How Kenny and Archibald pulled off a magical madison for Olympic gold | Tokyo Olympics 2020

Mseeing the unpredictable is predictable is a measure of greatness in sport. Seen against the backdrop, Laura Kenny and Katie Archibald’s dominant race in the Izu Velodrome Madison will be considered one of the greatest moments of this year’s Olympic Games.

For Kenny, there was hardly a more fitting way to become Britain’s most decorated Olympian, taking her personal record to five gold and one silver over three Games; for Archibald, it was surely an omen of more titles to come. For the 28 other competitors, it was 32min 49sec to wonder what had hit them.

It is extremely rare in any sport to see this degree of control in a discipline that is so multidimensional, constantly bombarding the senses with physical and mental crossfire: tactics, handling the bike, and the urge to predict – the better. that a cyclist can – what the other 29 riders on the track could do and where they are heading. The essence of a madison is that it’s hardly possible to keep track of what’s going on from the outside, let alone keep any hold on the run from the inside.

Implementing a tactic in madison races is devilishly difficult, but there is one that teams try frequently. When a team changes at any point, it takes up space in front of the other runners, who must pass the top as the duo briefly run hand in hand. The opponent has to go further – and therefore faster – to pass, while hoping that the changing pair doesn’t wobble or veer on the track, all at around 60-70km / h.

It follows that if a team goes at a strategic point in preparation for one of the race-deciding sprints, they have a much better chance of taking the points. The best time to do this is between a turn and a half and a half turn before the sprint, as the next runners in a row have neither the time nor the space to assemble. It requires such precise timing of speed and position that teams can handle it multiple times in the race distance, but, time and time again in Tokyo, Kenny and Archibald have designed each other to create a place where it s. is precisely produced.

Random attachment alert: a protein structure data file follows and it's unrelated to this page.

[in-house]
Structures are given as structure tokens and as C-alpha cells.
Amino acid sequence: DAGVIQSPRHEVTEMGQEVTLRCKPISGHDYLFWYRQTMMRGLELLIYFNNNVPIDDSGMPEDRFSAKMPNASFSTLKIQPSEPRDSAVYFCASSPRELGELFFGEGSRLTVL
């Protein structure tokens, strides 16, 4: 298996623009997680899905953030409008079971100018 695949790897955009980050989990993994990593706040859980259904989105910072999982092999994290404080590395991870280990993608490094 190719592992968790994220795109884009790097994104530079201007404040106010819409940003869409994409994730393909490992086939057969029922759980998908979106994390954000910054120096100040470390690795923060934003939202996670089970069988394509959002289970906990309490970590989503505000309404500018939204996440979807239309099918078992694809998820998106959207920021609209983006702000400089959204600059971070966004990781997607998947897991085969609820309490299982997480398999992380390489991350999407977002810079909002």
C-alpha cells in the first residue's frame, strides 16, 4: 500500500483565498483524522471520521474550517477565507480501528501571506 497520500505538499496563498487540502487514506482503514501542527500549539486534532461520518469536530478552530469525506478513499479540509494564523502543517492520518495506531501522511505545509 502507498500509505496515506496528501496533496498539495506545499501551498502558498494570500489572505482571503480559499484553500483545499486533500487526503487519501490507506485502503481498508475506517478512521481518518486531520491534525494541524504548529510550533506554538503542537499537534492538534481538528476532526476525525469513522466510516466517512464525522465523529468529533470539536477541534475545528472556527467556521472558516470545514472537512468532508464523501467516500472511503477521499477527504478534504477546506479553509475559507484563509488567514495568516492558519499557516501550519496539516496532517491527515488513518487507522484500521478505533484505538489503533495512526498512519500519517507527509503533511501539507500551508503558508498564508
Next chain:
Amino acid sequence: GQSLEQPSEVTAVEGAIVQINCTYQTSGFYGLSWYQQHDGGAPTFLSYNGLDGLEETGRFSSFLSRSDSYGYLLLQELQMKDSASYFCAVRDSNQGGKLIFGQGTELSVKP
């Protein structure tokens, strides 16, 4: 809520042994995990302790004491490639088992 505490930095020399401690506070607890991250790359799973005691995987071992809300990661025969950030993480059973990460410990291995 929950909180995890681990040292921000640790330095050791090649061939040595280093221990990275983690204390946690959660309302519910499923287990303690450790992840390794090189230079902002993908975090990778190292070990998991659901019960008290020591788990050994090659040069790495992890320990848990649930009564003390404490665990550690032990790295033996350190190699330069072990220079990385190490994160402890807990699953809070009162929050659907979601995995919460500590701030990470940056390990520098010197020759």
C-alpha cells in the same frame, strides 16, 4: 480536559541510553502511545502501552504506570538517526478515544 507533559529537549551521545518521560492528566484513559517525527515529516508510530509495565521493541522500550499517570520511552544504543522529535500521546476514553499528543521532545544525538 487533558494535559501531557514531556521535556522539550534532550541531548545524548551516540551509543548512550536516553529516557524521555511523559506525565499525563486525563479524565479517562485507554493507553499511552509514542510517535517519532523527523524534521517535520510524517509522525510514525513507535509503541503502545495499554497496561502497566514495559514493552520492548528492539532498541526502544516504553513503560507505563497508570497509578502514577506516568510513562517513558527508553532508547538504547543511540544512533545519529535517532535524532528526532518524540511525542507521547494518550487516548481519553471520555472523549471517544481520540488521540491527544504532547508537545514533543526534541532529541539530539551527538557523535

It helps explain why they managed to win 10 of the 12 sprints on offer, dominating the points table as the race was as good as won by three quarters of a distance. But the fact that the other teams knew exactly what they were doing and couldn’t stop them from doing it indicates a rare level of physical and psychological dominance. It’s another sign of sporting greatness: the ability to find the space exactly where you want it, and do it so often it’s anything but fluke.

Katie Archibald (left) and Laura Kenny at their medal ceremony. Photography: Thibault Camus / AP

The precise way the pair consistently timed their changes for this ‘red zone’ may have been aided by a clever choice of highly visible yellow hats, a classic example of the now ridiculed ‘marginal gains’ approach. This was also what Kenny meant before when she said that she and Archibald had instinctively become aware of what the other was thinking in the Speed ​​and Milling Bodies, aided by their early appointment as the final match. for discipline. And once again, she paid tribute to the training races between men under 23 and juniors organized by their new trainer, Monica Greenwood.

The duo were aided by the 50-lap mass stacking, in which their biggest rivals, Kirsten Wild and Amy Pieters, were held up with Wild having to stand up after Lotte Kopecky of Belgium straddled his prone body; without the crash, it’s hard to see the Dutch missing the vital turn gain that sealed Kenny and Archibald’s dominance. But in a madison, the teams make their own luck. There are often crashes at the back of the peloton where riders try to change and stay clear of other changes through a fog of fatigue. Kenny and Archibald rarely ventured off the first wheels, which again suggested that they were physically well ahead of most opponents.

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The last three laps encapsulated the history of all 120. In an alternate sporting world with the race won by a street, one would have expected the magical duo to relax, relish the golden moment and let Russia, Denmark and the Netherlands retire for the rest of the podium. But no, it was time for the cycling equivalent of the star striker to appear in a fifth because the goal just happens to be open.

Here came Archibald tearing the ground to shreds yet again. Here comes one last change for Kenny on the bell. Here came a scorching sprint with the rest nowhere, one last burst of speed for hell. Kenny will have a really big goal on her back when she goes for the No.6 gold in Sunday’s omnium, but on such form it’s hard to see what a difference it will make.


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